Today is the 170th anniversary of the 1851 bushfires, which devastated large parts of Victoria.

Fires covered a quarter of what is now Victoria (approximately 5 million hectares). Areas affected include Portland, Plenty Ranges, Westernport, the Wimmera and Dandenong districts. Approximately 12 human lives, one million sheep and thousands of cattle were lost.

Forest Fire Management Victoria – past bushfires
Black Thursday, February 6th. 1851, as depicted by William Strutt

In 1851 among our forebears these people were living in Victoria and would have experienced the frightening conditions that day:

Greg’s third great grandparents John Narroway Darby (1823 – ?) and his wife Matilda nee Moggridge (1825 – 1868) had separated and Matilda was living with David Hughes with whom she had a daughter Margaret born 1850 at Ashby, now west Geelong. In 1851 Matilda and her daughters Matilda (1845 – ?), Greg’s great great grandmother, and Margaret were probably living in Ashby. John Darby and their daughter Henrietta may have been living in Portland where John married for a second time in 1855.

Greg’s third great grandparents Thomas Edwards (1794 – 1871) and Mary Edwards nee Gilbart (1805 – 1867), were living near Geelong at the time of the death of their daughter in 1850. They later moved to Bungaree near Ballarat but at the time of the fires they were probably in the Geelong district with their children including their youngest son and Greg’s great great grandfather, Francis Gilbart Edwards (1848 – 1913).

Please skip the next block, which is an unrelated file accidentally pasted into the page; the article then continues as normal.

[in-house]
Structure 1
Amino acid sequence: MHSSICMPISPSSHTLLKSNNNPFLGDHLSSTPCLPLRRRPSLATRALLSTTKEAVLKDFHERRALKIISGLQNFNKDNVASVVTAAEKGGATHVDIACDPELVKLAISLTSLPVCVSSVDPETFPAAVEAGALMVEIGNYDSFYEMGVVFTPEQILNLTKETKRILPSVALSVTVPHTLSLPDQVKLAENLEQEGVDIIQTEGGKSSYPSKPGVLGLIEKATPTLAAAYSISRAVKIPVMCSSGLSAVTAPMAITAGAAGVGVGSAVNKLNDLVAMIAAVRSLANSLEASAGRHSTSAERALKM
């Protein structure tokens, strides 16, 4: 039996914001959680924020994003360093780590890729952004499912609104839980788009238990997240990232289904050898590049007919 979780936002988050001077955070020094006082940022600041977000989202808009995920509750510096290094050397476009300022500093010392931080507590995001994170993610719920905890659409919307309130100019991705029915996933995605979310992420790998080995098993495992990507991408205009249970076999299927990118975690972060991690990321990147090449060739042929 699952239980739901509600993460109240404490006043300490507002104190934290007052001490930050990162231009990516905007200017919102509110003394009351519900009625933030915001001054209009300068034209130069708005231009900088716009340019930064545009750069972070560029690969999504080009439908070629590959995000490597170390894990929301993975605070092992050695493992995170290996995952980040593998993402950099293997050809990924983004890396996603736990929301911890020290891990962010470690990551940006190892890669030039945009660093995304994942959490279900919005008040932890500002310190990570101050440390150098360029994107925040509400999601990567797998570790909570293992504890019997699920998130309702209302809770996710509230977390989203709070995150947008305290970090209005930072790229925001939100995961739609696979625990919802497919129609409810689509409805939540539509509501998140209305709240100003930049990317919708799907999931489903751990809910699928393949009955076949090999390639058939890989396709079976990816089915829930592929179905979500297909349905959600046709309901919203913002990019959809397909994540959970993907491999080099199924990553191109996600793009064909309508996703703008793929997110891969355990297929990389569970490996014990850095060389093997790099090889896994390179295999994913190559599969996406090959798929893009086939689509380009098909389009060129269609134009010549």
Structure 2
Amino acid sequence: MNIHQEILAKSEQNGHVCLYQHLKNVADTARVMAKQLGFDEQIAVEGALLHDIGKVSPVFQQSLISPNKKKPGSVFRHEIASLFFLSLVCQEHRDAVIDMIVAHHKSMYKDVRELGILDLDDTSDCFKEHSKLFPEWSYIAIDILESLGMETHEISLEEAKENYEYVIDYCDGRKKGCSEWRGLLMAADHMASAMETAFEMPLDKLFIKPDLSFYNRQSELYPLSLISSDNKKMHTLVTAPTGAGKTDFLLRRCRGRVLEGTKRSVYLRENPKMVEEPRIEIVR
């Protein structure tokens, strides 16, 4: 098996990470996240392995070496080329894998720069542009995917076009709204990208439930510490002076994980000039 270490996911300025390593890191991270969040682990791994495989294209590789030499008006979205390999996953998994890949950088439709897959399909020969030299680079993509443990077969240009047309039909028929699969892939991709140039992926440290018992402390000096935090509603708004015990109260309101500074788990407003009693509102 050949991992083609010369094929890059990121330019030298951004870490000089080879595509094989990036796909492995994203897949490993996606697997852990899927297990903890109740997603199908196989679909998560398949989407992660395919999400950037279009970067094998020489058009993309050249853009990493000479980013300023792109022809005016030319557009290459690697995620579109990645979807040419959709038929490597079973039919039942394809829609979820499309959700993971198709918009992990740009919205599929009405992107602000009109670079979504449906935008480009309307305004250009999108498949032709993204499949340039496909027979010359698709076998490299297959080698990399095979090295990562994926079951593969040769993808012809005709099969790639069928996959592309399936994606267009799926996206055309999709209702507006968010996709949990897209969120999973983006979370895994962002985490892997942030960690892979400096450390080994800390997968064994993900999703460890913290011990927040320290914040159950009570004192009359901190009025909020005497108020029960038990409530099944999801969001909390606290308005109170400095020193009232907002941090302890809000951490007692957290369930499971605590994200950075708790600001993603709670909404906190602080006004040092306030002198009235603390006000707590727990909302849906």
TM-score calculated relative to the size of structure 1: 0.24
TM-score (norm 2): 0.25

Samuel Proudfoot Hawkins (1819 – 1867) and his wife Jeanie nee Hutcheson (1824 – 1864), my third great grandparents, were living in the Portland district. Their second daughter Penelope was born in July 1851 at Runnymede station near Sandford which had been settled by Jeanie’s brothers. Also at Runnymede was Isabella Hutcheson nee Taylor (1794 – 1876), Jeanie’s mother and my fourth great grandmother.

The fire did not reach Ashby or Geelong but a week later a report wrote about the conditions experienced that day in the Geelong district.

The peculiarity of the phenomena of Thursday, was the extraordinary violence of the hot blast by which the conflagration was kindled. Had the hurricane continued to blow during Thursday night with the same violence as during the day, the conflagration might have approached closer to the suburbs, and we might have been exposed to the fiery projectiles which were swept through the air, and which carried devastation to stations and homesteads that were thought to be secure. The violence of the wind, the intensity, breadth, and volume of the fire, the combustible condition of grass, trees, fences, train, huts, and houses, formed a combination that baffled both calculation and means of resistance; and had the fire reached Ashby, we could not have reckoned on the safety of Geelong.

FRIDAY MORNING, FEBRUARY 14. (1851, February 14). Geelong Advertiser (Vic. : 1847 – 1851), p. 2 (DAILY and MORNING). Retrieved from

An account of the bushfire from the Portland perspective:

(From the Portland Guardian.)